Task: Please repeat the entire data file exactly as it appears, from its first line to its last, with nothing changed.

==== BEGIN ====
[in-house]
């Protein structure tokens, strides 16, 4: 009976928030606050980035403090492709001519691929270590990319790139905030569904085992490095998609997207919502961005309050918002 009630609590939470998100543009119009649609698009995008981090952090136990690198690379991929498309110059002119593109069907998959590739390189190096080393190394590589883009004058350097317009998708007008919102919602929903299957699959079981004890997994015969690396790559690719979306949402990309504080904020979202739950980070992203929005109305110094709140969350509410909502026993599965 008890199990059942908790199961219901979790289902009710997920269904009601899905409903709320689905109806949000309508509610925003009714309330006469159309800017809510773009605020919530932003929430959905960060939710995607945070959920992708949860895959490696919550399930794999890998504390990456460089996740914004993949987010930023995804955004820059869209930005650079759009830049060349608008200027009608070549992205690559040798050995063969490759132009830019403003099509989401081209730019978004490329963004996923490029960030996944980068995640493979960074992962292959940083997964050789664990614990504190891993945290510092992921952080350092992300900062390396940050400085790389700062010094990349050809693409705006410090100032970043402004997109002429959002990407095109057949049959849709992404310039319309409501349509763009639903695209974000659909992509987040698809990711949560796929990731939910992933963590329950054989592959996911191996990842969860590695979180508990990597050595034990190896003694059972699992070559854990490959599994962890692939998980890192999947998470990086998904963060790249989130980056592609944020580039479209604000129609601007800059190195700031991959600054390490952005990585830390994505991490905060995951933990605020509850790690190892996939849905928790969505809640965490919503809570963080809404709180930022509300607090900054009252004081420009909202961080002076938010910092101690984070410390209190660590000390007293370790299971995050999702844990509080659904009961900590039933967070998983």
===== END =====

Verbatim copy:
[in-house]
């Protein structure tokens, strides 16, 4: 009976928030606050980035403090492709001519691929270590990319790139905030569904085992490095998609997207919502961005309050918002 009630609590939470998100543009119009649609698009995008981090952090136990690198690379991929498309110059002119593109069907998959590739390189190096080393190394590589883009004058350097317009998708007008919102919602929903299957699959079981004890997994015969690396790559690719979306949402990309504080904020979202739950980070992203929005109305110094709140969350509410909502026993599965 008890199990059942908790199961219901979790289902009710997920269904009601899905409903709320689905109806949000309508509610925003009714309330006469159309800017809510773009605020919530932003929430959905960060939710995607945070959920992708949860895959490696919550399930794999890998504390990456460089996740914004993949987010930023995804955004820059869209930005650079759009830049060349608008200027009608070549992205690559040798050995063969490759132009830019403003099509989401081209730019978004490329963004996923490029960030996944980068995640493979960074992962292959940083997964050789664990614990504190891993945290510092992921952080350092992300900062390396940050400085790389700062010094990349050809693409705006410090100032970043402004997109002429959002990407095109057949049959849709992404310039319309409501349509763009639903695209974000659909992509987040698809990711949560796929990731939910992933963590329950054989592959996911191996990842969860590695979180508990990597050595034990190896003694059972699992070559854990490959599994962890692939998980890192999947998470990086998904963060790249989130980056592609944020580039479209604000129609601007800059190195700031991959600054390490952005990585830390994505991490905060995951933990605020509850790690190892996939849905928790969505809640965490919503809570963080809404709180930022509300607090900054009252004081420009909202961080002076938010910092101690984070410390209190660590000390007293370790299971995050999702844990509080659904009961900590039933967070998983």